• The hollow trunks provide homes for skunks, foxes, mice, and weasels, to name a few.

That’s a ton of uses as a tree finishes its life. It helps coming and going….as a fallen tree decomposes it provides nutrients back to the forest floor.

So, you might think twice before cutting a grand old tree that has died down. Of course there are times when you have to remove one, like being too close to a structure or fence. But if it’s a safe distance, then save it for our wildlife.

Everything has a purpose. Hug a tree today.

It’s Ragweed Season

by Donna Lewis

Got a headache, coughing and sneezing?

If you have some or all of these you probably have Giant Ragweed ( Ambrosia trifida). I certainly don’t think it’s ambrosia…it’s awful! I don’t see how you could  make rags out of it. Where do these names come from?


So are they good for anything?  As it turns out, I looked in my reference book, Medicinal Plants by Peterson and found out that the native Americans did use it for certain ailments. They used it as an astringent, to stop bleeding, dysentery, and insect bites to name a few. Today it is commercially harvested for the treatment of ragweed allergies.

It’s everywhere!

So, yes it has a few saving characteristics.

The flowers are pretty, though.

Also out in the pastures right now is a very valuable plant that our migrating monarchs use.  It is in the Sunflower family: goldenrod.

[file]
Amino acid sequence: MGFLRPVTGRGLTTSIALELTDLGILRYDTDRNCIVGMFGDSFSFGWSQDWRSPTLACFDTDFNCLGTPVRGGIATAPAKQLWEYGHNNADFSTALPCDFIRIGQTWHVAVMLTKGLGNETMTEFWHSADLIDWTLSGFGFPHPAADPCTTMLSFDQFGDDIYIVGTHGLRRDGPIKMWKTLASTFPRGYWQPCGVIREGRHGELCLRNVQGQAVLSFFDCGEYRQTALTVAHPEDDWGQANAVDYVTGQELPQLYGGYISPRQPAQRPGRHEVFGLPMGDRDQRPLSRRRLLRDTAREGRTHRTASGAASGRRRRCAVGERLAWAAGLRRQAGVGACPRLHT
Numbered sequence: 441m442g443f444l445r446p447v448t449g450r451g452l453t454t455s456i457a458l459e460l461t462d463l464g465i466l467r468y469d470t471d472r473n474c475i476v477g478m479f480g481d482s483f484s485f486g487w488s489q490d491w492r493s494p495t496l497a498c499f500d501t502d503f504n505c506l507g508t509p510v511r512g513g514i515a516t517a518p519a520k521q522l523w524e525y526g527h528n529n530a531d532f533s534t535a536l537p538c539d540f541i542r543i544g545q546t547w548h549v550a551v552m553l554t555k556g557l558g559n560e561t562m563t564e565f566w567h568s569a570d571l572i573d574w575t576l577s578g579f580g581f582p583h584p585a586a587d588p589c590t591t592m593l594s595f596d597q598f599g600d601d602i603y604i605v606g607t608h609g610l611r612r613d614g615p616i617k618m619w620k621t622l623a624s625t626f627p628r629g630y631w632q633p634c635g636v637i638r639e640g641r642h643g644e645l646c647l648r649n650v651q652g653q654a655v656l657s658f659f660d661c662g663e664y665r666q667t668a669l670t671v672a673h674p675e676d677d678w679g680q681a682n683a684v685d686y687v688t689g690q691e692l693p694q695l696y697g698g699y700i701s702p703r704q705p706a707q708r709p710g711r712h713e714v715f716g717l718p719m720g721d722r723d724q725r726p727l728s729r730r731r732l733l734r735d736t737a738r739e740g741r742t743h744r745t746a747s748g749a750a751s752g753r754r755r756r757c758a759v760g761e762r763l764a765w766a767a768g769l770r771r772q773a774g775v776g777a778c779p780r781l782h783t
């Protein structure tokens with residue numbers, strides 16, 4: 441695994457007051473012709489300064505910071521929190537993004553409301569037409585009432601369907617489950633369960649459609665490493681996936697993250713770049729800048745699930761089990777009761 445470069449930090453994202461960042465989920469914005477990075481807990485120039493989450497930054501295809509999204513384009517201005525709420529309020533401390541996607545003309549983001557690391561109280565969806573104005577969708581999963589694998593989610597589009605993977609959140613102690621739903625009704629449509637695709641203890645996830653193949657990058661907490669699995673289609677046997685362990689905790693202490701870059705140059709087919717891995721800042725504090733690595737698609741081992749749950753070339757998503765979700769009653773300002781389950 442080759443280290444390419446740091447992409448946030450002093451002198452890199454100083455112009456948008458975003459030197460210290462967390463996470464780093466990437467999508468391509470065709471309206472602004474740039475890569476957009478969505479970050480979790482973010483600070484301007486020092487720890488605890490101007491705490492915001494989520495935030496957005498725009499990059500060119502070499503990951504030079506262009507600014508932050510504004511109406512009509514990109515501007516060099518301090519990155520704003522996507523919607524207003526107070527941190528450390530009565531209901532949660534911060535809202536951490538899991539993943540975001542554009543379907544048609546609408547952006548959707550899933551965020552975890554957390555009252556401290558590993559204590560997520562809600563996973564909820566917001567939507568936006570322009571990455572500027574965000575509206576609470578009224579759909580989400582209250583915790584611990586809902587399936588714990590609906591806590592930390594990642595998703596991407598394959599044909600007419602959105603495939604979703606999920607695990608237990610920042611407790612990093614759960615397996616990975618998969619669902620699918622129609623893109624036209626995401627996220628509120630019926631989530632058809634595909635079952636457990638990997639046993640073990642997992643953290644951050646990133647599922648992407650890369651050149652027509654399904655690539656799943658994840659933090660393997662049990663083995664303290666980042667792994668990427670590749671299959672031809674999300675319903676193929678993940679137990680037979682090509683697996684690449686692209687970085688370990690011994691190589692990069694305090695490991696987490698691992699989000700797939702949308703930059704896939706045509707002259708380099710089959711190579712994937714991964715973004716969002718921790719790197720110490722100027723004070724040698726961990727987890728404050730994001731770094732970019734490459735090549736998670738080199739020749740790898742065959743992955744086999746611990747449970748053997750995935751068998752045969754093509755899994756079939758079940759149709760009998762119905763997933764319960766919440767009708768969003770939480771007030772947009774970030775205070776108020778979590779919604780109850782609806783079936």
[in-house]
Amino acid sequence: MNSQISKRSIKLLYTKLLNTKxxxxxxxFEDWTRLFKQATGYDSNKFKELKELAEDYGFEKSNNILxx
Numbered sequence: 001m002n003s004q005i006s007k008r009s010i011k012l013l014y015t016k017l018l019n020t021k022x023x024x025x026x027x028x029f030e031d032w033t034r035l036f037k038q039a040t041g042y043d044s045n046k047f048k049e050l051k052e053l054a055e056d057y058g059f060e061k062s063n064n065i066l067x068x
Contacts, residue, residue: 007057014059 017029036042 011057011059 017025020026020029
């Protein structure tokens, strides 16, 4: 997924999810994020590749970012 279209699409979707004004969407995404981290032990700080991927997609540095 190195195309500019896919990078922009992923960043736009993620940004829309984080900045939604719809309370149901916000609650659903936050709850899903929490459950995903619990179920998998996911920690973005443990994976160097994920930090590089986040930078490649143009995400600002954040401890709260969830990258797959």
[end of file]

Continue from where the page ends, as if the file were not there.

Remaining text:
The native Americans used this for many medical issues: roots for burns, flower tea for fevers and snakebites, crushed flowers for sore throats, and some other ailments.

Both these plants can cause severe allergic reactions, so don’t try any for medical ailments unless you have asked your doctor first.

Always something interesting to learn out there.

Lots of Hummers

by Donna Lewis

So we have tons of hummingbirds here in Milam County right now. I have predominantly Ruby-throated hummers,  Archilochus colubris. They love many of our native flowers, which you should provide if you want a lot of them to visit you.   

The nectar feeders are great, but should not be their only source of food. Some of our native Texas plants that they like are;  Flame Acanthus, Coral Honeysuckle, Red Yucca, Turk’s Cap, Zinnias, Autumn Sage, Morning Glory, and many other nectar plants.

I took these photos of the hummingbirds through the window on my front porch. If they see motion they take off, so I have to be slow.  I have two more feeders in my garden. I like the flat feeder you see in the first photo the best. It is easy to clean.

Hummingbirds also need protein, so they eat caterpillars, spiders and other insects. A big hunk of watermelon set out can sometimes lure them to its nectar. That’s, of course, if I can give it up.

Water is another important resource they need. Put out a sprinkler near a fence or perching area in late afternoon and everybody’s up for a bath!

The other species that are here in Central Texas is the Black-chin Hummingbird. It’s hard to tell them apart, especially if you do not have the sun shining on the male’s throat. Beautiful and fiesty little birds, gotta love them.